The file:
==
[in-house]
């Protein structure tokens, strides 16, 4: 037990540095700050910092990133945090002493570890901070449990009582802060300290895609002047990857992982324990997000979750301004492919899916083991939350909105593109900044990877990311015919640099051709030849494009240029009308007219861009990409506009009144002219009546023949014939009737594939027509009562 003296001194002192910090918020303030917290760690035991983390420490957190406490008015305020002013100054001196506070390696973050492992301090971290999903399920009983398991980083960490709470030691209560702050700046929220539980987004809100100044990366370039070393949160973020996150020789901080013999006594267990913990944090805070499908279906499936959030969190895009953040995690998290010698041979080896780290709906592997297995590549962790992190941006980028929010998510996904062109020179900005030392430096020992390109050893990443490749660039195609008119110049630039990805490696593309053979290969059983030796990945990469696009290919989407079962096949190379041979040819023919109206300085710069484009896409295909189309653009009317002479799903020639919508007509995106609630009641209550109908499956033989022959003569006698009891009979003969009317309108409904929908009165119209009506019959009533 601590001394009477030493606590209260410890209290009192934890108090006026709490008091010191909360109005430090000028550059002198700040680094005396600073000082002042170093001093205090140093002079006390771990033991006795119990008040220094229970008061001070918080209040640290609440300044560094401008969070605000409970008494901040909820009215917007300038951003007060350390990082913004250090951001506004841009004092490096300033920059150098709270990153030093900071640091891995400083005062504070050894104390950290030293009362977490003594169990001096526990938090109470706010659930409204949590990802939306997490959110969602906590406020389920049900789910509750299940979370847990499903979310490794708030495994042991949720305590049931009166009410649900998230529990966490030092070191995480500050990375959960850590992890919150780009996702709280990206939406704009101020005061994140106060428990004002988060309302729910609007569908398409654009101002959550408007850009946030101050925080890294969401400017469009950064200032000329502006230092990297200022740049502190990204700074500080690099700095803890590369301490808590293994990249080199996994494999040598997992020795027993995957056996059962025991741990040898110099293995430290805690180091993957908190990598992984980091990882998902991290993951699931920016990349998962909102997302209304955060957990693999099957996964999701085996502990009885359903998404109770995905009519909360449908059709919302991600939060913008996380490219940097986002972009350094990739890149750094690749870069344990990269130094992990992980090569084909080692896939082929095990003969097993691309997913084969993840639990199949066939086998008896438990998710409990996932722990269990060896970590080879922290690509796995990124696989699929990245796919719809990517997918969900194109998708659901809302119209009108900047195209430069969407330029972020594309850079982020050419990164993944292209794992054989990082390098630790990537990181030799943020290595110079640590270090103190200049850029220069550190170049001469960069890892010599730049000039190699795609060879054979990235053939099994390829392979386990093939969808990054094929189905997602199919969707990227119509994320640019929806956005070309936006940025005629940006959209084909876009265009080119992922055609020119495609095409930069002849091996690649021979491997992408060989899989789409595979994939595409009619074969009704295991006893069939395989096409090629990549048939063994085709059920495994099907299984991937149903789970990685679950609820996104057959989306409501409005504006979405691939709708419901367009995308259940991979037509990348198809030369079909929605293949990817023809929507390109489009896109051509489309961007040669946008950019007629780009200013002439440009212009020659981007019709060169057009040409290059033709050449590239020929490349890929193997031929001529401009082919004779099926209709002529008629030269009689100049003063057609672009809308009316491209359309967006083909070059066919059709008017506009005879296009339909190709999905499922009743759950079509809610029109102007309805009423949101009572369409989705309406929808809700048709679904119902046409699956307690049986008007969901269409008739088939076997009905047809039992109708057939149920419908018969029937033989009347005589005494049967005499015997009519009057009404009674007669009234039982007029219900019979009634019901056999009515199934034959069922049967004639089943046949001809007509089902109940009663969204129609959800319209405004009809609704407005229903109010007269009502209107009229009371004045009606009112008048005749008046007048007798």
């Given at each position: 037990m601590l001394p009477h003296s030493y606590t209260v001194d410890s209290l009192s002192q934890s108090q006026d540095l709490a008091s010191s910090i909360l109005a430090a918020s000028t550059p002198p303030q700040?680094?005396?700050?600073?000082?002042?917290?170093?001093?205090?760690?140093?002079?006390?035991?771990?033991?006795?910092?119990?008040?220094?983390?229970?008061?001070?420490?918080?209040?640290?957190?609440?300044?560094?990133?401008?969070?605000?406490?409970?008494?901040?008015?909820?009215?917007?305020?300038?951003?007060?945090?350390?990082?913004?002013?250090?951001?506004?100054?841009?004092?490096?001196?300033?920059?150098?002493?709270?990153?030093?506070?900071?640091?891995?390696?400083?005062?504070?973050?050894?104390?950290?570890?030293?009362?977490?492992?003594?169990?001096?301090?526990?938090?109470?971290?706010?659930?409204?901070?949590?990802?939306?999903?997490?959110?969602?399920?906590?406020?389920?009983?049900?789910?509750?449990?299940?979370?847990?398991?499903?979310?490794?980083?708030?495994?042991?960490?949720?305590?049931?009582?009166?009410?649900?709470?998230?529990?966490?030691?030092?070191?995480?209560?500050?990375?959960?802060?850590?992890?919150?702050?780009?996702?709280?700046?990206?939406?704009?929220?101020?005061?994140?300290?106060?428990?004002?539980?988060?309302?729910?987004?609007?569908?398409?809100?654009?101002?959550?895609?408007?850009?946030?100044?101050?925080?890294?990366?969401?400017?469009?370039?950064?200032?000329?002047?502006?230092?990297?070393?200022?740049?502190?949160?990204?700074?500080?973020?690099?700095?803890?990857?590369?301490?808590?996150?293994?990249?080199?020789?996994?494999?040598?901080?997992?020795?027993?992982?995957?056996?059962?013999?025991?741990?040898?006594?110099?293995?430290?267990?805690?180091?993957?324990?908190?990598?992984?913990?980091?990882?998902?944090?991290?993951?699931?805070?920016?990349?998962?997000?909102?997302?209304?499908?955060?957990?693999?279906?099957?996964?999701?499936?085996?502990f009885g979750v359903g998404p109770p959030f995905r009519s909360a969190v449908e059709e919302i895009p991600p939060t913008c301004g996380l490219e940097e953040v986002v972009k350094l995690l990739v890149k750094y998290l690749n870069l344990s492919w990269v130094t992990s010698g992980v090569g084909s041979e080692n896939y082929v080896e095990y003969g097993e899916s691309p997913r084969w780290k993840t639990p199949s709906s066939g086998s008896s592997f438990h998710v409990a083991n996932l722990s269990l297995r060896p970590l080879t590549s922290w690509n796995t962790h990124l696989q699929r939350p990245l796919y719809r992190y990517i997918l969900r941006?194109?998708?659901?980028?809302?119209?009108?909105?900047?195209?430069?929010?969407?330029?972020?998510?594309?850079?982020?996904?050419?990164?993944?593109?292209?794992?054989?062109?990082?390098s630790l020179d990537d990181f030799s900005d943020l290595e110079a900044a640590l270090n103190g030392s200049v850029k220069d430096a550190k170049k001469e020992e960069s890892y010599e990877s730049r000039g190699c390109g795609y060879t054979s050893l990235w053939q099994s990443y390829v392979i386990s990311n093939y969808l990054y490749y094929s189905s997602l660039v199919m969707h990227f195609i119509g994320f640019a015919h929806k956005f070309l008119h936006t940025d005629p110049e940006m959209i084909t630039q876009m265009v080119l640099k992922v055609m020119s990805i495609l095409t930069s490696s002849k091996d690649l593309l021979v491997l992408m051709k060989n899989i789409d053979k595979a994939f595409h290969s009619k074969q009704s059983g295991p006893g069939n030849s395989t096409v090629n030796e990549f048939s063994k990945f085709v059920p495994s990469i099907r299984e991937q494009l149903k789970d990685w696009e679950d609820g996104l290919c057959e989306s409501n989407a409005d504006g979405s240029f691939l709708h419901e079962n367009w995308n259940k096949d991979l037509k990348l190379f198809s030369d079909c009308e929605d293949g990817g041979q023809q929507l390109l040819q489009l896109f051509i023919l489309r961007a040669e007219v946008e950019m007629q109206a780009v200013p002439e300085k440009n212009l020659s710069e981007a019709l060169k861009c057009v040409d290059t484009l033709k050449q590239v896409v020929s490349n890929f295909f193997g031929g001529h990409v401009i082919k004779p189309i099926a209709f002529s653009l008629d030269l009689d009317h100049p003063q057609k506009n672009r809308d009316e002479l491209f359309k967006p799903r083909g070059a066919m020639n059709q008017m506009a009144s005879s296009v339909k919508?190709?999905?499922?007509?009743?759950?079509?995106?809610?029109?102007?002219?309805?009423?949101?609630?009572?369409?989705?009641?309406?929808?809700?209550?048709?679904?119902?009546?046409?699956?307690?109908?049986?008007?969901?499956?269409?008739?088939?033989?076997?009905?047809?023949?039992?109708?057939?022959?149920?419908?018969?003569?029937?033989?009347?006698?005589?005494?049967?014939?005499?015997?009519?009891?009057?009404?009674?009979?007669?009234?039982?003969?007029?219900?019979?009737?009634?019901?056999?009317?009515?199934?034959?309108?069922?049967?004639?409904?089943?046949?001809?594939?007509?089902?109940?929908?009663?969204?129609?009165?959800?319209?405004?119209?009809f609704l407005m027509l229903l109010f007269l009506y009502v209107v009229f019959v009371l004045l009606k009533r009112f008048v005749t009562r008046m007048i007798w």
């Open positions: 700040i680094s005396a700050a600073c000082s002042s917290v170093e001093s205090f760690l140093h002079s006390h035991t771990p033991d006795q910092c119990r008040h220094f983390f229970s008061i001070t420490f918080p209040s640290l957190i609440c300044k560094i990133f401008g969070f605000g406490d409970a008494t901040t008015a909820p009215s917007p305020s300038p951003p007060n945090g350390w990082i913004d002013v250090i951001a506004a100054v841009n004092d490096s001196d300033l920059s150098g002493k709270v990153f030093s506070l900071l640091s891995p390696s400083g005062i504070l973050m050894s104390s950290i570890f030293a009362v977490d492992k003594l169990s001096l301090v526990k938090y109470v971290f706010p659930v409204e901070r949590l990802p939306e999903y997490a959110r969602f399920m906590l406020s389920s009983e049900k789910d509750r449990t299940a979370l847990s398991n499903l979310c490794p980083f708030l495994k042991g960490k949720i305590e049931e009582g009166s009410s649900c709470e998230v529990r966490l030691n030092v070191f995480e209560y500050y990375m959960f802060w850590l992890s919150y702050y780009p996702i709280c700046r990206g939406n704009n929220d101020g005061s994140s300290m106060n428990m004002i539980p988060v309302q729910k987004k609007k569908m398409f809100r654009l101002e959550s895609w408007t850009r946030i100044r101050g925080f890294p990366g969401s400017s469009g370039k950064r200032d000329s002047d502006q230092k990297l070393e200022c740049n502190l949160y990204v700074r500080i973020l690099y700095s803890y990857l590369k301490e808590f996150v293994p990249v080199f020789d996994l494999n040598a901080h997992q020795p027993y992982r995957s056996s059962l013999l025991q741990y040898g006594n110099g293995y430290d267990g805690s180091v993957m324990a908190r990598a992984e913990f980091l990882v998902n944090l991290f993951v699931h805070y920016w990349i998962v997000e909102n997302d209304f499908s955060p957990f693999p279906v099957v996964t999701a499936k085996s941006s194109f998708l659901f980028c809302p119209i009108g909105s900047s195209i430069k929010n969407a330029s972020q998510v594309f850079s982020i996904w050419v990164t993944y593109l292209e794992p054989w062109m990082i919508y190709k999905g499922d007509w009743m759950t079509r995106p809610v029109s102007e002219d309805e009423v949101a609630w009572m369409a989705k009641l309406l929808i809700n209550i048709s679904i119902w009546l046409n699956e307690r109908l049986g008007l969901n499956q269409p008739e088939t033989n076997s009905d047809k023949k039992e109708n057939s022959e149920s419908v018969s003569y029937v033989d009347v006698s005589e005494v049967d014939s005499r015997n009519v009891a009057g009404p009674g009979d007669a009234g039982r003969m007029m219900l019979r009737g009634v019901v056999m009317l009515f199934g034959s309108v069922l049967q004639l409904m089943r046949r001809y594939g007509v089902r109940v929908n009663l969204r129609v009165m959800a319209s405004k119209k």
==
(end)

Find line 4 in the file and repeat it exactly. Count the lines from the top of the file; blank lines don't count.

């Open positions: 700040i680094s005396a700050a600073c000082s002042s917290v170093e001093s205090f760690l140093h002079s006390h035991t771990p033991d006795q910092c119990r008040h220094f983390f229970s008061i001070t420490f918080p209040s640290l957190i609440c300044k560094i990133f401008g969070f605000g406490d409970a008494t901040t008015a909820p009215s917007p305020s300038p951003p007060n945090g350390w990082i913004d002013v250090i951001a506004a100054v841009n004092d490096s001196d300033l920059s150098g002493k709270v990153f030093s506070l900071l640091s891995p390696s400083g005062i504070l973050m050894s104390s950290i570890f030293a009362v977490d492992k003594l169990s001096l301090v526990k938090y109470v971290f706010p659930v409204e901070r949590l990802p939306e999903y997490a959110r969602f399920m906590l406020s389920s009983e049900k789910d509750r449990t299940a979370l847990s398991n499903l979310c490794p980083f708030l495994k042991g960490k949720i305590e049931e009582g009166s009410s649900c709470e998230v529990r966490l030691n030092v070191f995480e209560y500050y990375m959960f802060w850590l992890s919150y702050y780009p996702i709280c700046r990206g939406n704009n929220d101020g005061s994140s300290m106060n428990m004002i539980p988060v309302q729910k987004k609007k569908m398409f809100r654009l101002e959550s895609w408007t850009r946030i100044r101050g925080f890294p990366g969401s400017s469009g370039k950064r200032d000329s002047d502006q230092k990297l070393e200022c740049n502190l949160y990204v700074r500080i973020l690099y700095s803890y990857l590369k301490e808590f996150v293994p990249v080199f020789d996994l494999n040598a901080h997992q020795p027993y992982r995957s056996s059962l013999l025991q741990y040898g006594n110099g293995y430290d267990g805690s180091v993957m324990a908190r990598a992984e913990f980091l990882v998902n944090l991290f993951v699931h805070y920016w990349i998962v997000e909102n997302d209304f499908s955060p957990f693999p279906v099957v996964t999701a499936k085996s941006s194109f998708l659901f980028c809302p119209i009108g909105s900047s195209i430069k929010n969407a330029s972020q998510v594309f850079s982020i996904w050419v990164t993944y593109l292209e794992p054989w062109m990082i919508y190709k999905g499922d007509w009743m759950t079509r995106p809610v029109s102007e002219d309805e009423v949101a609630w009572m369409a989705k009641l309406l929808i809700n209550i048709s679904i119902w009546l046409n699956e307690r109908l049986g008007l969901n499956q269409p008739e088939t033989n076997s009905d047809k023949k039992e109708n057939s022959e149920s419908v018969s003569y029937v033989d009347v006698s005589e005494v049967d014939s005499r015997n009519v009891a009057g009404p009674g009979d007669a009234g039982r003969m007029m219900l019979r009737g009634v019901v056999m009317l009515f199934g034959s309108v069922l049967q004639l409904m089943r046949r001809y594939g007509v089902r109940v929908n009663l969204r129609v009165m959800a319209s405004k119209k």